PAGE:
By Emily Smith
The relationship between the writer and the director of a piece of drama or film is one vastly unlike any other in the literary world. A director’s involvement with the performance is one characterised by dichotomies. A director is intimately involved in a play’s construction, but no more than a witness to its creation; they both own the final production, and have no claims to it. The troubled unity between writer and director has been known to cause friction as often as it causes creative harmony. In the battle for custody of a production, the jury is very much still out.
The playwright George Bernard Shaw, though notorious for more than his ego alone, proves a prime example of a creative control freak. He was insistent that the role of a play’s director was innately inferior, with less creative responsibility, to that of a writer. As such, he felt that the director had less right than the author did to be imaginative with the piece in front of them; it was not their place to mould the art, and the author’s wishes ruled supreme. The adaptation must adhere to what the author originally intended, and its sole purpose to ‘produce the particular illusion desired by the author.’ Hence, the director was not to change the author’s vision, but rather to act as a vector to transmit this vision to an audience.
Ironically, after his death Shaw’s plays spiralled out of his control regardless of this insistence; My Fair Lady was born, despite his previous frantic deprecation of musicals, and of romance.
Two fundamental questions are raised by the attitude of Shaw and his sympathisers. Firstly, can any text be considered truly ‘original’? Shaw’s Pygmalion is arguably just an adaptation of a mythological tale from Ovid’s Metamorphoses. Why, then, does Shaw claim literary dictatorship over his play, given that it is in many ways, simply another adaptation?
Considering this, the question of who owns an adaptation arises. Whilst an author or creator is often regarded as a production’s ‘owner’, it is likely that they have conceded the rights to their performance, usually for some monetary reward. This issue blurs even further when considering adaptations of older works. Without getting a dead writer’s consent, it could be argued that many productions can be seen to have had no permission at all. Are they thus illegitimate?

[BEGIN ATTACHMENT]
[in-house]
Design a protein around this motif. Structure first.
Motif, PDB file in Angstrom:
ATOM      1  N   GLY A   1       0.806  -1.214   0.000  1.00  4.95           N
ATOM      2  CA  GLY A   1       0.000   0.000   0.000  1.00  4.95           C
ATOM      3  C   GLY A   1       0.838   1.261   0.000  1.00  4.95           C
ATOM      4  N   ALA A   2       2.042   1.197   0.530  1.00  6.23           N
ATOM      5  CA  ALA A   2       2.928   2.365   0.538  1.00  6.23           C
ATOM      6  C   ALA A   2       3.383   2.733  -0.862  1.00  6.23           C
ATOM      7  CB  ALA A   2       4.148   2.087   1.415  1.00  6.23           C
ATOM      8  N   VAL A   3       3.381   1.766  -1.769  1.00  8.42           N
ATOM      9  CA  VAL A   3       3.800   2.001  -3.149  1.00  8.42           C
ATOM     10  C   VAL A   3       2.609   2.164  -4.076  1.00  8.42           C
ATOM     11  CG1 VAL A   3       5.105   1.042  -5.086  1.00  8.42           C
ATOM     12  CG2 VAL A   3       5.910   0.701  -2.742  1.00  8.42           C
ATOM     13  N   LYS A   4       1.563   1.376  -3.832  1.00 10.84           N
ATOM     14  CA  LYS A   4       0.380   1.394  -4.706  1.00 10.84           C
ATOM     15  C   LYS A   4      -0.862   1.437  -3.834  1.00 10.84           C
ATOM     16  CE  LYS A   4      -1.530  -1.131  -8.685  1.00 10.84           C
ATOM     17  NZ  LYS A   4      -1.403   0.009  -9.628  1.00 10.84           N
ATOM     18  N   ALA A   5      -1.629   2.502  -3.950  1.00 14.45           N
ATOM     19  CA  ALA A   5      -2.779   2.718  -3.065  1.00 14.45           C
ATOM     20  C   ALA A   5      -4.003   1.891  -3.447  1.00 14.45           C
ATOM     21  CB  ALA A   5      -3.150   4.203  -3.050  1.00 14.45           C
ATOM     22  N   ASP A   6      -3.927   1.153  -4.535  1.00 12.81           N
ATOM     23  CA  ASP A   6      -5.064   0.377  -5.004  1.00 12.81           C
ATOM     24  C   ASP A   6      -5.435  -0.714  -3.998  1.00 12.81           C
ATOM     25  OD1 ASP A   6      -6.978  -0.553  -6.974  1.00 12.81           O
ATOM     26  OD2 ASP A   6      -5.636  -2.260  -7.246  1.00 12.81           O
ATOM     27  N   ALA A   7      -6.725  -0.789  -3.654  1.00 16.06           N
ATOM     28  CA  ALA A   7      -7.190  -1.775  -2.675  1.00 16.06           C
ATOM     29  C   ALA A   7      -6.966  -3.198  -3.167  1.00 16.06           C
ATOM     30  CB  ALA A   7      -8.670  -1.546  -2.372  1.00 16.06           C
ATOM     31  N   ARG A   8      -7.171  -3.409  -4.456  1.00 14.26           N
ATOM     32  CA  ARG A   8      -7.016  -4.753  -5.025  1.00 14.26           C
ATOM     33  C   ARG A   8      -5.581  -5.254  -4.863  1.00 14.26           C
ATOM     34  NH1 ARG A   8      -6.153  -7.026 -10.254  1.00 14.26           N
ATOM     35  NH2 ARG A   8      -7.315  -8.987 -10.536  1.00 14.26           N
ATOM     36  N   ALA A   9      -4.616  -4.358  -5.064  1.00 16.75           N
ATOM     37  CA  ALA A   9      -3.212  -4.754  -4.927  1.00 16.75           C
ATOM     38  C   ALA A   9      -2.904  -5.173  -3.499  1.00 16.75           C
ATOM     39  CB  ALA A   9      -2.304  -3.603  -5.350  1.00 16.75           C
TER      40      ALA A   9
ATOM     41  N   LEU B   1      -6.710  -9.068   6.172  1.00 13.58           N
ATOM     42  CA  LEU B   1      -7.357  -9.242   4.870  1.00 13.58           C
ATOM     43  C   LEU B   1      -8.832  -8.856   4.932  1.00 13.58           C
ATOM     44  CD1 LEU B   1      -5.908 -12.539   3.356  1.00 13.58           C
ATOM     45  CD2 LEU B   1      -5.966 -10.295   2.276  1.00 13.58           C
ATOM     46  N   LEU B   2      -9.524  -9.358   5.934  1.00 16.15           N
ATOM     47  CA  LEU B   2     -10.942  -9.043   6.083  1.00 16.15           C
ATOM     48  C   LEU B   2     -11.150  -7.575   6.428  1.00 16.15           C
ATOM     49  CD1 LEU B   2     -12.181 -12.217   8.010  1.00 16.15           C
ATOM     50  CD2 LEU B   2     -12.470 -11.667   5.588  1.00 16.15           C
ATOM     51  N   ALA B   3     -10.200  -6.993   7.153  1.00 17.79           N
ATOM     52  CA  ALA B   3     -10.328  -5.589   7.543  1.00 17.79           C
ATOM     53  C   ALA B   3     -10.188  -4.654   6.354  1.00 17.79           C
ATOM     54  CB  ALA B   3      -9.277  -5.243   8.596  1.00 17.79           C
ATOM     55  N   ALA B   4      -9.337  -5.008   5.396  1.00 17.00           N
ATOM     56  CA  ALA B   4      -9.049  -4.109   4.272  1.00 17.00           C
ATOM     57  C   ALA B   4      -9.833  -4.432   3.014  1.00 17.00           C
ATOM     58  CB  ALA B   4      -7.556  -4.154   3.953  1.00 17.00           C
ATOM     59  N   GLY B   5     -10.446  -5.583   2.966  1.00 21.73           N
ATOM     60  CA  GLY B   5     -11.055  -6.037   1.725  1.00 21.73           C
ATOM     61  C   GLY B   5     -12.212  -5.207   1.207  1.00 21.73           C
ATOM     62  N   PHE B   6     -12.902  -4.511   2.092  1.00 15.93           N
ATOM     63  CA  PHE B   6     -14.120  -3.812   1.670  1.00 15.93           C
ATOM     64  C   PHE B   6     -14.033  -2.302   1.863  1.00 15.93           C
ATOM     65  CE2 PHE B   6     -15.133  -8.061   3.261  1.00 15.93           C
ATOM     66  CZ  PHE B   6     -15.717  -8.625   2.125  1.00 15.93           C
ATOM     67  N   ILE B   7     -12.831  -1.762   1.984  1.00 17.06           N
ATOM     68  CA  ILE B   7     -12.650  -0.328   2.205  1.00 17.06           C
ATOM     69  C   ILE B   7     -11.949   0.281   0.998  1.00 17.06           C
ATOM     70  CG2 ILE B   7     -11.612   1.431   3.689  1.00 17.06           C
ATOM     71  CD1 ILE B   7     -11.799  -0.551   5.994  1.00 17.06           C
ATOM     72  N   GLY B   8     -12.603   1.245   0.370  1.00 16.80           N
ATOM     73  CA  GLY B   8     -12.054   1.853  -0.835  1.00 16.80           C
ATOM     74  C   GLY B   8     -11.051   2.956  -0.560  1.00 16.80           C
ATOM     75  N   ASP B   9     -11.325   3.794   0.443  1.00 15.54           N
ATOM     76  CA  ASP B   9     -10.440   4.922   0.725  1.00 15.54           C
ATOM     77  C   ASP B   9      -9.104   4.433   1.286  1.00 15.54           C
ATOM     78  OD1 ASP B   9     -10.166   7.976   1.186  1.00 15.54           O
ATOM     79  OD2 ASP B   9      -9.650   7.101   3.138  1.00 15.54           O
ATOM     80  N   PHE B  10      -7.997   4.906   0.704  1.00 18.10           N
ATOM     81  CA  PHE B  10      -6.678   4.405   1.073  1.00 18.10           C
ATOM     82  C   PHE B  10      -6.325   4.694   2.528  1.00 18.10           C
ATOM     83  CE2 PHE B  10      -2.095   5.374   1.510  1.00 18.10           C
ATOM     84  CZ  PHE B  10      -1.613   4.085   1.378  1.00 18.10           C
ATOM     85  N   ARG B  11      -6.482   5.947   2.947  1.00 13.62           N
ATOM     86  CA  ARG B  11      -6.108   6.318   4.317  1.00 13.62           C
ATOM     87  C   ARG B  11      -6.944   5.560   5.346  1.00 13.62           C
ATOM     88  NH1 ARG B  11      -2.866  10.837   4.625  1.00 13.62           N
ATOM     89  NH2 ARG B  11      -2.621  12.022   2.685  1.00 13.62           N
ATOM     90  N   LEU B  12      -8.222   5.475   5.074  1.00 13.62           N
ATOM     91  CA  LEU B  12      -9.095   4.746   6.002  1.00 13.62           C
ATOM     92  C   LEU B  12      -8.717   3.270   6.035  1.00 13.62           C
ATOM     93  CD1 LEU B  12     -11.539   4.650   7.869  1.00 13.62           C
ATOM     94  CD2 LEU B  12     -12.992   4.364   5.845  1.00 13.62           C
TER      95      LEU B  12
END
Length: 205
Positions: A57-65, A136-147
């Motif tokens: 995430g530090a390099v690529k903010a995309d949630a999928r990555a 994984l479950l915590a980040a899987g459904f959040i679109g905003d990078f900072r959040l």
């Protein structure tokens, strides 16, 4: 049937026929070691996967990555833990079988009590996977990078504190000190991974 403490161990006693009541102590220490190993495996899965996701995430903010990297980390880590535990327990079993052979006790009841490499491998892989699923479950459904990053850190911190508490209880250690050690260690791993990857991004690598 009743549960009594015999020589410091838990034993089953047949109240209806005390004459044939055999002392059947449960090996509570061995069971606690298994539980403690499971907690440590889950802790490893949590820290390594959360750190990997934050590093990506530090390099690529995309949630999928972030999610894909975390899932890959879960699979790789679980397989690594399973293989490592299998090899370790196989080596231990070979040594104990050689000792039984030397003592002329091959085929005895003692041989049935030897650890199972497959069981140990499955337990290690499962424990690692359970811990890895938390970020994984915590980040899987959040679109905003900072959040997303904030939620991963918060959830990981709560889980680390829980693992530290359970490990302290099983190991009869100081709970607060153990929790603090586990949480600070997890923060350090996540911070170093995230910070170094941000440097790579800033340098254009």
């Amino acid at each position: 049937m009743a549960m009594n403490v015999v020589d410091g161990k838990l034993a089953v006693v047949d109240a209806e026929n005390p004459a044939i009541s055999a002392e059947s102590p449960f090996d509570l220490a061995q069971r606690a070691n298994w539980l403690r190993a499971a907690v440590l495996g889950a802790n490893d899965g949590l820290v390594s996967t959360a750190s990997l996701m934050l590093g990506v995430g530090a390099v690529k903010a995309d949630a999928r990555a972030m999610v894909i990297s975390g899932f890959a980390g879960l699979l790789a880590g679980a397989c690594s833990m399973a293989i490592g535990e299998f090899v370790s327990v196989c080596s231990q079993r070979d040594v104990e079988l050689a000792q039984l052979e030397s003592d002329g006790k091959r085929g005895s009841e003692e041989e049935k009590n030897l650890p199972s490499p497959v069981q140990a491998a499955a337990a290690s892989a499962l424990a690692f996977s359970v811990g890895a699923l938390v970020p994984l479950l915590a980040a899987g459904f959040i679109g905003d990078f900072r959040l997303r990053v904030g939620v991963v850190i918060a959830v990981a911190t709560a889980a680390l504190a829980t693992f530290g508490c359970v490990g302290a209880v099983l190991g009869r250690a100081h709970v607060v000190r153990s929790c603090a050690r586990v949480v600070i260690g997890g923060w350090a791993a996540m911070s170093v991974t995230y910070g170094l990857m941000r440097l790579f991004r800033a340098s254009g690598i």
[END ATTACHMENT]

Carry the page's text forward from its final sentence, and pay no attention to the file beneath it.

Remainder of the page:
The fundamental issue is perhaps located in an audience’s perception of ownership. An audience may, arguably incorrectly, assume that the author owns a dramatic adaptation (though this is simply not the case legally). After all, we have all heard the familiar, somewhat snotty declaration that ‘the book is better.’ Such a declaration seems to suggest that there is a distinct lack of respect for a director’s interpretation of a piece, compared to that of its original author. Can it then be argued that a director is inherently inferior?
The idea of inferiority hints at a fundamental struggle in criticism: the problem of ‘improvement’. Baz Luhrmann’s 1996 adaptation of Romeo and Juliet is a perfect example of this issue: although the original work is adapted freely, Luhrmann’s film was arguably more accessible to a modern audience, although many dispute his artistic changes. With Shakespeare unfortunately unavailable for consultation, the debate falls on scholars, the self-designated guardians of his work, as the presiding ‘authority’. Directors are denied such authority, and are instead forced into a defensive stance, frequently having to justify their own adaptations to their unimpressed critics.
Ultimately, the same questions remain: what role does a director have over a production? Are they its ‘second’ creator, or is the process of writing solely dependent on the author, and their original vision? If a work is perceived as being ‘complete’, then perhaps Shaw was correct, and it is not the director’s place to meddle. However, this suggests that literature is static – a problematic and frankly untrue assumption.
There is clearly no unanimous answer to the question of completeness, leaving the process of adaptation particularly open to critique. It is little wonder, then, that the director may be uncertain of their own role. Even Quentin Tarantino expressed such an anxiety when he admitted that the original version ‘works on the page, so it is mine to mess up…and I’m a little nervous about it.’
Illustration: Faye Chua